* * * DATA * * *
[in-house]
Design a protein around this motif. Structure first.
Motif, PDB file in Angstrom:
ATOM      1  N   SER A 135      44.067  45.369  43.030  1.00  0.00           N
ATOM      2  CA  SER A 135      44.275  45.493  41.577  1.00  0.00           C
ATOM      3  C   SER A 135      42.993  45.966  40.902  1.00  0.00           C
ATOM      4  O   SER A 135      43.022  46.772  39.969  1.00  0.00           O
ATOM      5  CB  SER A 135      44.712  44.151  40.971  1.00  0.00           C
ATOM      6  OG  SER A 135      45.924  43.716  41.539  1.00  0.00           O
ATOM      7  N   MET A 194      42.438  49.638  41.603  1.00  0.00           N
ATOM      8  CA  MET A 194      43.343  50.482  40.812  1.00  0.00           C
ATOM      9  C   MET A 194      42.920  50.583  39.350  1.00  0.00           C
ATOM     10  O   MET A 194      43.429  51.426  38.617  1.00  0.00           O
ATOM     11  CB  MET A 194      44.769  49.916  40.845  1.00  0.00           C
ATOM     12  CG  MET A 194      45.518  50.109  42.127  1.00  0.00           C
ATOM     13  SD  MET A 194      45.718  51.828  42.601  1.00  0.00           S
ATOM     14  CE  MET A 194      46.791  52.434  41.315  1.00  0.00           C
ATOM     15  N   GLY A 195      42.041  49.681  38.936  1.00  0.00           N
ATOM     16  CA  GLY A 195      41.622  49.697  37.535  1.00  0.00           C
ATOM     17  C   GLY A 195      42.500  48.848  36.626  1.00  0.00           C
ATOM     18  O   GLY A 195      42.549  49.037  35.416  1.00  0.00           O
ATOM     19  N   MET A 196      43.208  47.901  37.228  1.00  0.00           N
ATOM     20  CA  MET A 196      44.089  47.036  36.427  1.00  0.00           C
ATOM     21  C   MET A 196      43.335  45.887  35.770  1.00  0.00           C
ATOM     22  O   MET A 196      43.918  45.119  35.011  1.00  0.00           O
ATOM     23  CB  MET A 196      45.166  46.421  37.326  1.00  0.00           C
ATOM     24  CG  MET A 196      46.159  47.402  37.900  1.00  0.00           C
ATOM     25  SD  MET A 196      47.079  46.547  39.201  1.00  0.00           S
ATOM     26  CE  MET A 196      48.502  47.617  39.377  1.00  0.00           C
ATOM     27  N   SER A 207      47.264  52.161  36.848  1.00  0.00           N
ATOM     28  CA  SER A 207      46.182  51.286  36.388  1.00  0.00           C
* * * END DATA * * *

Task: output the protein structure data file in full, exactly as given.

[in-house]
Design a protein around this motif. Structure first.
Motif, PDB file in Angstrom:
ATOM      1  N   SER A 135      44.067  45.369  43.030  1.00  0.00           N
ATOM      2  CA  SER A 135      44.275  45.493  41.577  1.00  0.00           C
ATOM      3  C   SER A 135      42.993  45.966  40.902  1.00  0.00           C
ATOM      4  O   SER A 135      43.022  46.772  39.969  1.00  0.00           O
ATOM      5  CB  SER A 135      44.712  44.151  40.971  1.00  0.00           C
ATOM      6  OG  SER A 135      45.924  43.716  41.539  1.00  0.00           O
ATOM      7  N   MET A 194      42.438  49.638  41.603  1.00  0.00           N
ATOM      8  CA  MET A 194      43.343  50.482  40.812  1.00  0.00           C
ATOM      9  C   MET A 194      42.920  50.583  39.350  1.00  0.00           C
ATOM     10  O   MET A 194      43.429  51.426  38.617  1.00  0.00           O
ATOM     11  CB  MET A 194      44.769  49.916  40.845  1.00  0.00           C
ATOM     12  CG  MET A 194      45.518  50.109  42.127  1.00  0.00           C
ATOM     13  SD  MET A 194      45.718  51.828  42.601  1.00  0.00           S
ATOM     14  CE  MET A 194      46.791  52.434  41.315  1.00  0.00           C
ATOM     15  N   GLY A 195      42.041  49.681  38.936  1.00  0.00           N
ATOM     16  CA  GLY A 195      41.622  49.697  37.535  1.00  0.00           C
ATOM     17  C   GLY A 195      42.500  48.848  36.626  1.00  0.00           C
ATOM     18  O   GLY A 195      42.549  49.037  35.416  1.00  0.00           O
ATOM     19  N   MET A 196      43.208  47.901  37.228  1.00  0.00           N
ATOM     20  CA  MET A 196      44.089  47.036  36.427  1.00  0.00           C
ATOM     21  C   MET A 196      43.335  45.887  35.770  1.00  0.00           C
ATOM     22  O   MET A 196      43.918  45.119  35.011  1.00  0.00           O
ATOM     23  CB  MET A 196      45.166  46.421  37.326  1.00  0.00           C
ATOM     24  CG  MET A 196      46.159  47.402  37.900  1.00  0.00           C
ATOM     25  SD  MET A 196      47.079  46.547  39.201  1.00  0.00           S
ATOM     26  CE  MET A 196      48.502  47.617  39.377  1.00  0.00           C
ATOM     27  N   SER A 207      47.264  52.161  36.848  1.00  0.00           N
ATOM     28  CA  SER A 207      46.182  51.286  36.388  1.00  0.00           C